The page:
It makes no difference whether you vote Left or Right, where any party has no fear of being defeated, none of us get a good outcome.

HiddenDragon7:23 pm 20 Mar 23

Andrew Barr and his government are very Canberra, but not in the way that this puff piece would suggest.

Barr leads a dilettante, neophiliac government which rarely – in public at least – lets inconvenient details and the messy bits of reality intrude into its world, or get in the way of the obsessions which it too often seems to pursue with monomaniacal zeal.

In essence, Andrew Barr appears to be a type which is often found in the federal bureaucracy in Canberra – preoccupied with the latest policy fads and big picture fantasies, relatively clueless about identifying any truly worthwhile bits of those ideas and turning them into a workable reality, and thus often ensconced in an area with words such as policy, strategy, evaluation or coordination etc. in the title which, of course, means safely distant from responsibility for delivering real services and outcomes in the real world.

A follow-up to this article, which goes into some detail about how “in a decade, the ACT will be set up so it has cash reserves, investment income and a tax revenue stream that means it isn’t so reliant on land and asset sales” would be of great interest to those of us who see the ACT budget as a ticking time bomb just waiting to go off.

Hope he stays for years, streets ahead of everyone else – as proven in the last election.

From what I can see Barr is asleep at the wheel. He’s introduced a light rail hardly any of us will ever use, the health system is a disgrace and the town looks a mess. No stadium plan and no energy or rejuvenation for the capital beyond the silly tram.

And to top it off Liberals will never win. Woopee!

I’m assuming his long term plan for the southern parts of the city must be close schools, remove bus services, tear down playgrounds and sporting facilities, reduce government jobs and let what’s left of infrastructure age gracefully.

What an embarrassing opinion piece that asks none of the hard long term questions of a Chief Minister who only focuses his attention and funds to one side of the city.

phillipbusinesscommunity1:41 pm 20 Mar 23

I struggled with this article. I struggled with comprehending if this was an election campaign starting advetorial for the ACT Labor Party with Andrew Barr at its head.

Andrew Barr is there only hope for electoral victory, as frankly the rest of the MLAs on that side don’t seem to have his ability to lead. Not yet anyway.

But, there is a massive hole in assertions of this article – Barr does NOT have a plan for ALL of Canberra. He seems to only have a plan for where the Labor and Green parties get their votes from.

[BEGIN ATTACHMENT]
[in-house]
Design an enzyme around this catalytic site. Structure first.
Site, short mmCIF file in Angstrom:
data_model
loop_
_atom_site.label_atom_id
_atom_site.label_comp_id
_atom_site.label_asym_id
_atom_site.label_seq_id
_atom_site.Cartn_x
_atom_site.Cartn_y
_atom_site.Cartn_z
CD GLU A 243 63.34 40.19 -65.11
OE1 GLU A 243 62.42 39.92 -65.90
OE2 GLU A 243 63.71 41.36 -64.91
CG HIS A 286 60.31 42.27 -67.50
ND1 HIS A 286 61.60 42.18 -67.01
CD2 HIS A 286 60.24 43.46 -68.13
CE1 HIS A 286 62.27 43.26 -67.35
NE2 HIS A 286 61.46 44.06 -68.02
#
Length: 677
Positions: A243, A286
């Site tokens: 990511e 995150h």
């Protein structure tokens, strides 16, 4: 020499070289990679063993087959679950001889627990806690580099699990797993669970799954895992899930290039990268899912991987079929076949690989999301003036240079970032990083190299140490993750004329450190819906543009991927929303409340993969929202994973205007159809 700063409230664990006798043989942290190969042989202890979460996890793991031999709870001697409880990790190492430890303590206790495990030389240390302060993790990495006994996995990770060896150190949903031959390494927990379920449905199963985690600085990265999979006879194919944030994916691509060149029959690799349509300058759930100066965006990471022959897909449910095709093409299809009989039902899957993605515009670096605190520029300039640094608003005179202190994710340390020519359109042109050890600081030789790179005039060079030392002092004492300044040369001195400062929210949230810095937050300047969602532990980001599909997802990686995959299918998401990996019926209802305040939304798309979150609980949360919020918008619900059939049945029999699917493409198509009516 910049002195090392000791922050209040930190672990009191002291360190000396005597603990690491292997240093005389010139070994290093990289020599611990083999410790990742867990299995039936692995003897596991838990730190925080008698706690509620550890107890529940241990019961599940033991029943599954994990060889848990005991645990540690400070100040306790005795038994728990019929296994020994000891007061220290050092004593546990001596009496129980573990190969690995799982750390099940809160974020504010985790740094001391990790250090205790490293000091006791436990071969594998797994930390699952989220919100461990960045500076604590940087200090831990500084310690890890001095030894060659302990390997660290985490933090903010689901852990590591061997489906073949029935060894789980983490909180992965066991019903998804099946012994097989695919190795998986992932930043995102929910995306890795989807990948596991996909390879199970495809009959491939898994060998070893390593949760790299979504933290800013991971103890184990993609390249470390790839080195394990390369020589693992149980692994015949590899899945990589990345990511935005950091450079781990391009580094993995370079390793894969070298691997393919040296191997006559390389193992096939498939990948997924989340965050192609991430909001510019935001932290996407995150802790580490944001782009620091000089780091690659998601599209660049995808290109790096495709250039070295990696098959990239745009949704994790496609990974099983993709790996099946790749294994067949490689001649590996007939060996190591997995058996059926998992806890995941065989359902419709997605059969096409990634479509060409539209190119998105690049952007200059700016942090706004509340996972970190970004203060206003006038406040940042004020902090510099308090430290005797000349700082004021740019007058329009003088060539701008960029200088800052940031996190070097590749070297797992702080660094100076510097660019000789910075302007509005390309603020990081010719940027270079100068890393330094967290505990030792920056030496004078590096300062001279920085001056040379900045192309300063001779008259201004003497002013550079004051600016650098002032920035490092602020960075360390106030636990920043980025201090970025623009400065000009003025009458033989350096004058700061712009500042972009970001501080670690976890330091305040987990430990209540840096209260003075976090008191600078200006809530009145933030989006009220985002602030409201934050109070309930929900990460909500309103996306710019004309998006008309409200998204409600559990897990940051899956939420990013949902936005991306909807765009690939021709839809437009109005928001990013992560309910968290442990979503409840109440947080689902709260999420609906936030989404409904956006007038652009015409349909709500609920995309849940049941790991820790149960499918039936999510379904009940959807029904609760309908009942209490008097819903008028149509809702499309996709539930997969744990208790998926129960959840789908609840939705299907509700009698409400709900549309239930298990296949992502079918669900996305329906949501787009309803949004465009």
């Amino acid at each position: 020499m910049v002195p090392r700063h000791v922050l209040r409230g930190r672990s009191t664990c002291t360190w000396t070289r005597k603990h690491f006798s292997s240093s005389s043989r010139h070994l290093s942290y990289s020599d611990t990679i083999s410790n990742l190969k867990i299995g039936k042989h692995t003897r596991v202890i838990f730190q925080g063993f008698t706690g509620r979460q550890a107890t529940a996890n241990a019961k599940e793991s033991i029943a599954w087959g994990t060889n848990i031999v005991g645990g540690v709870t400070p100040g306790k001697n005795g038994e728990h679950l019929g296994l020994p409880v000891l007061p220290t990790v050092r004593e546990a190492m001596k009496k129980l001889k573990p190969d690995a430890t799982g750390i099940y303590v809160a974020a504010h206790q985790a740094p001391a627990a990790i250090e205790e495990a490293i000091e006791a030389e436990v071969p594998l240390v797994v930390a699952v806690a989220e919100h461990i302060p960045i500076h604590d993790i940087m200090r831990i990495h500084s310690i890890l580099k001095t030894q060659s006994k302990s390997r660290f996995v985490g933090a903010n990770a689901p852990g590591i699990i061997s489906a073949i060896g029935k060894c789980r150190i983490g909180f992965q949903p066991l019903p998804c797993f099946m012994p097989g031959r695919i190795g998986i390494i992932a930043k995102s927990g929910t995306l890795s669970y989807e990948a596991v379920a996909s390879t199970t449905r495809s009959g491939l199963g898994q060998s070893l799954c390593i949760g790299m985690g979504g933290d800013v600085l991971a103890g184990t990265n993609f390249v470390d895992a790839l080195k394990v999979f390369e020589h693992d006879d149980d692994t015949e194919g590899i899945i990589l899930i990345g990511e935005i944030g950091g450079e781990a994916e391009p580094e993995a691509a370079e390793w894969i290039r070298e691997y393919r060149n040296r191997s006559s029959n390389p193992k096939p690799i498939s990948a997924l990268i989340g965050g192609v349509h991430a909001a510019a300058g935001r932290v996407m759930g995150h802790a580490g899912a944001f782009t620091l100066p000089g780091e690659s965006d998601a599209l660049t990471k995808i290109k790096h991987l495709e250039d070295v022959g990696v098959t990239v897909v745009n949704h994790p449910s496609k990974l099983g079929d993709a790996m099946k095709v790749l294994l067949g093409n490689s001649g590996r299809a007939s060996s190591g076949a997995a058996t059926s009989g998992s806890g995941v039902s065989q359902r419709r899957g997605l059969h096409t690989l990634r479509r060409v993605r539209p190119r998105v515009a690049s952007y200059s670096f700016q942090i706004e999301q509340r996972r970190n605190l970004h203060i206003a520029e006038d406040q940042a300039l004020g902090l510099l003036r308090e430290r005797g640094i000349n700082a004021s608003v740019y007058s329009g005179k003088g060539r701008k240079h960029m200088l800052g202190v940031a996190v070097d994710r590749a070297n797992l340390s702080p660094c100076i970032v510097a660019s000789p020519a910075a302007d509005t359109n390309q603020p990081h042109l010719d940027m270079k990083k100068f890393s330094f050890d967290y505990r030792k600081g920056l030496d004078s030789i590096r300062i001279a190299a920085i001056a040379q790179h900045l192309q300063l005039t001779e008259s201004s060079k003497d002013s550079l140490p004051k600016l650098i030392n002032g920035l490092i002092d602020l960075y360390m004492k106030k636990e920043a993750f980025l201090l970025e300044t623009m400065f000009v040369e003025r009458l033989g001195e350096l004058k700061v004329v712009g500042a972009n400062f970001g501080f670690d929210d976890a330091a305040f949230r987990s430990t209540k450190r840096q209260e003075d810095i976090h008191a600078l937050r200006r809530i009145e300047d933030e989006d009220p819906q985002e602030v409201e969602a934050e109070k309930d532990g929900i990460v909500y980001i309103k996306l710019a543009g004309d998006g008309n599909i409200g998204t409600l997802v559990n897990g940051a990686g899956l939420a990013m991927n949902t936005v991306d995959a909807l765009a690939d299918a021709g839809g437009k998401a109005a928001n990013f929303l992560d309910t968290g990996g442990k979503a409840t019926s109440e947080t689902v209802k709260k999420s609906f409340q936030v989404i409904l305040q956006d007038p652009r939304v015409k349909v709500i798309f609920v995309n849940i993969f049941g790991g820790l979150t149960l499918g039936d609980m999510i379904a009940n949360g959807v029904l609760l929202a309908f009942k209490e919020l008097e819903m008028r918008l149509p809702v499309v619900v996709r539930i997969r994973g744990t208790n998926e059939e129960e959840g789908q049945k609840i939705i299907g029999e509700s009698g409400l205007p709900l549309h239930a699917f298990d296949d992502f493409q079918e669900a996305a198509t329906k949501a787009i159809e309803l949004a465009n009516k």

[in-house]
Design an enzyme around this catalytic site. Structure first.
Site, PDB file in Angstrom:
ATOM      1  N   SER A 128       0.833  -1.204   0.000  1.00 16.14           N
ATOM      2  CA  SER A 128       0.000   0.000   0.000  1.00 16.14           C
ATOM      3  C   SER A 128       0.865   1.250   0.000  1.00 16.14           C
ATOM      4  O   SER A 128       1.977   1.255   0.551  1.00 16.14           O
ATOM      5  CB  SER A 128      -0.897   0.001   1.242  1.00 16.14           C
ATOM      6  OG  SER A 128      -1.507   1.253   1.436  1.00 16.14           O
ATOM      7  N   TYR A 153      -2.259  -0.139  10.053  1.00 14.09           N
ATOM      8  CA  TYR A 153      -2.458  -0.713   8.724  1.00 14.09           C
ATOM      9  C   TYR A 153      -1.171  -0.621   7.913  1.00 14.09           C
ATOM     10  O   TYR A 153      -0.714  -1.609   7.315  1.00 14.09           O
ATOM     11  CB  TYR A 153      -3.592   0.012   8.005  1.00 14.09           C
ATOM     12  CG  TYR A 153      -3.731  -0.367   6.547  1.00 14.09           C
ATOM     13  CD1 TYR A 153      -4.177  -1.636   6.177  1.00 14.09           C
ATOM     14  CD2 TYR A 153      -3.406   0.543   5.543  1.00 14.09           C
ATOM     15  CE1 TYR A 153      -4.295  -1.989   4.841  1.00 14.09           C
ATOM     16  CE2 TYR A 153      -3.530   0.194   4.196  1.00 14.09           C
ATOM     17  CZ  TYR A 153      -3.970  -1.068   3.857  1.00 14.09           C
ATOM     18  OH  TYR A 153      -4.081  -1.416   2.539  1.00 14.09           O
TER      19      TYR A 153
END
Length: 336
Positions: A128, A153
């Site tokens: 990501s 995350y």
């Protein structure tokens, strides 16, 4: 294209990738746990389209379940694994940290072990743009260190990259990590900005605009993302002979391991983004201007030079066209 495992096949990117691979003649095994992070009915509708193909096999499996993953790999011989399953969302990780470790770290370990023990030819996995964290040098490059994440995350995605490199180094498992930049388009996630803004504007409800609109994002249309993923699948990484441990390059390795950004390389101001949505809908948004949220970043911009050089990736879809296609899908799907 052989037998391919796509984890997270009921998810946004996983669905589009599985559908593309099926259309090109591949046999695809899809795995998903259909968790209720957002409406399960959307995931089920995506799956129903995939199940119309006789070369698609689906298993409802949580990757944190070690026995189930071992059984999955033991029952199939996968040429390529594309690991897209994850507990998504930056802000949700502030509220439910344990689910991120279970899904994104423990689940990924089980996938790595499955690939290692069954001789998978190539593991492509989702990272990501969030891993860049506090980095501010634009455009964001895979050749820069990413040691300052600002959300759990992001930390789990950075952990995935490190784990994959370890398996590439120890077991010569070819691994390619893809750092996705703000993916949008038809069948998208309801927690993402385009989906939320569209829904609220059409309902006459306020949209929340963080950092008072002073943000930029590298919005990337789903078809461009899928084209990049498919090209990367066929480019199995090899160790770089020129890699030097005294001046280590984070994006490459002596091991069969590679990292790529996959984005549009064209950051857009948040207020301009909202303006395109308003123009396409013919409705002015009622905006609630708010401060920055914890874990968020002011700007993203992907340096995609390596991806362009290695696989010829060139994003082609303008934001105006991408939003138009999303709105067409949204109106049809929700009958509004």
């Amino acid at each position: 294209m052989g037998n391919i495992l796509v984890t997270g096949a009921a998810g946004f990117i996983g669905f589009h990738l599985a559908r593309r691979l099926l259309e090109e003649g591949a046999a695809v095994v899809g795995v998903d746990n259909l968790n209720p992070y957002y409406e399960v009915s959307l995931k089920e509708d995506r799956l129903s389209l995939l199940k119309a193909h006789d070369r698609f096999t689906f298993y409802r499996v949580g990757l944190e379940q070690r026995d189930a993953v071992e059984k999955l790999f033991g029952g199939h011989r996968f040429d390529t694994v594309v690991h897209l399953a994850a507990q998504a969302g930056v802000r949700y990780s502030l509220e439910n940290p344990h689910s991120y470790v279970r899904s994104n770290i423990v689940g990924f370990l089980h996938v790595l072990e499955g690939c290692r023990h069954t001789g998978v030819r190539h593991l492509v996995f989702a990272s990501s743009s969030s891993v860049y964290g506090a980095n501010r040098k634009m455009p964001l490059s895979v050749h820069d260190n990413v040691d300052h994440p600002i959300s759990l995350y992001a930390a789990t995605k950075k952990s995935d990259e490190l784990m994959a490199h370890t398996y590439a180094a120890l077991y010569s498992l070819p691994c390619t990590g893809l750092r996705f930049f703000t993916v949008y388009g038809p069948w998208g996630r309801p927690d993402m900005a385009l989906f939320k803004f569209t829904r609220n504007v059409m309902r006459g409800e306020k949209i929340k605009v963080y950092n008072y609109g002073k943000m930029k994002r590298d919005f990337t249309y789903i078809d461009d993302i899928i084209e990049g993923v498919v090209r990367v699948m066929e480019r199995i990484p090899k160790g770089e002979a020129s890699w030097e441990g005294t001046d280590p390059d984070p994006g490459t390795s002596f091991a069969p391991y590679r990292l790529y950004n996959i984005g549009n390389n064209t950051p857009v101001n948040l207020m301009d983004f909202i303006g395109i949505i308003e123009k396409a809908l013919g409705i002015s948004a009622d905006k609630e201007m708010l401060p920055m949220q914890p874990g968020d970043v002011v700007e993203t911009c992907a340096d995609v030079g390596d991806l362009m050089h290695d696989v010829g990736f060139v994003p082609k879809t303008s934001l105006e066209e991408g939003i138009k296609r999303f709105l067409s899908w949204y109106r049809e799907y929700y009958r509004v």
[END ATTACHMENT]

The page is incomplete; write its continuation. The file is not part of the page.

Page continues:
There is no plan for what is happening south of Hindmarsh Drive, and regardless of our efforts to provide options and thoughts – nothing has come from that at all. There simply is no vision for south Canberra.

Then we look at Molonglo and it appears to be more of the same: Great ideas for yesterday, but no thought for tomorrow – which means today is broken. Look at the traffic issues on Cotter Road each morning, that’s due to a lack of planning and vision.

It seems that the Riot Act have moved more steadily towards being a major supporter of the ACT Labor Party – I thought that was CT’s job??

‘Getting lectures from the Liberal Party on managing debt and deficit is just a little bit rich’. Except it is not just the Liberals ‘lecturing’ him. He should read some of Stanhope’s comments on the state of our finances.

“A few years ago there was evidence that he was over politics and looking to move on, possibly frustrated by his perceived poor treatment at the hands of the media and the triteness of the news cycle.”

Yes, I really don’t know how he still puts up with the poor media treatment he receives, with constant hard hitting articles like this.

It must be tough to maintain his composure under such fierce and unwarranted attacks.

Oh please. Seriously? This deferential toadying is indicative of a number of our press corps. Where do we start. Hospitals – worst ED and elective surgery waiting times/ most expensive prison/ worsening naplan results and schools that are crumbling , many without air conditioning ( I’d love to see public servants sitting in classrooms with 32 C outside) /urban development that only offers high rise living/ crumbling pools/ highest rates in Australia/ appalling lack of urban maintenance and words fail me in regards to our bus system. Journalists need to leave their air conditioned rooms and drive around Canberra or travel to get a better perspective. I say give the Libs a go.

Krystel Chevallier9:44 am 20 Mar 23

THIS! And let’s not even talk about how he doesn’t seem to mind seeing a number of suburbs being gentrified and pushing people on lower wages outside of the city… If that’s what Labour stands for in Canberra, thanks, but no thanks

Daily Digest

Want the best Canberra news delivered daily? Every day we package the most popular Riotact stories and send them straight to your inbox. Sign-up now for trusted local news that will never be behind a paywall.

By submitting your email address you are agreeing to Region Group's terms and conditions and privacy policy.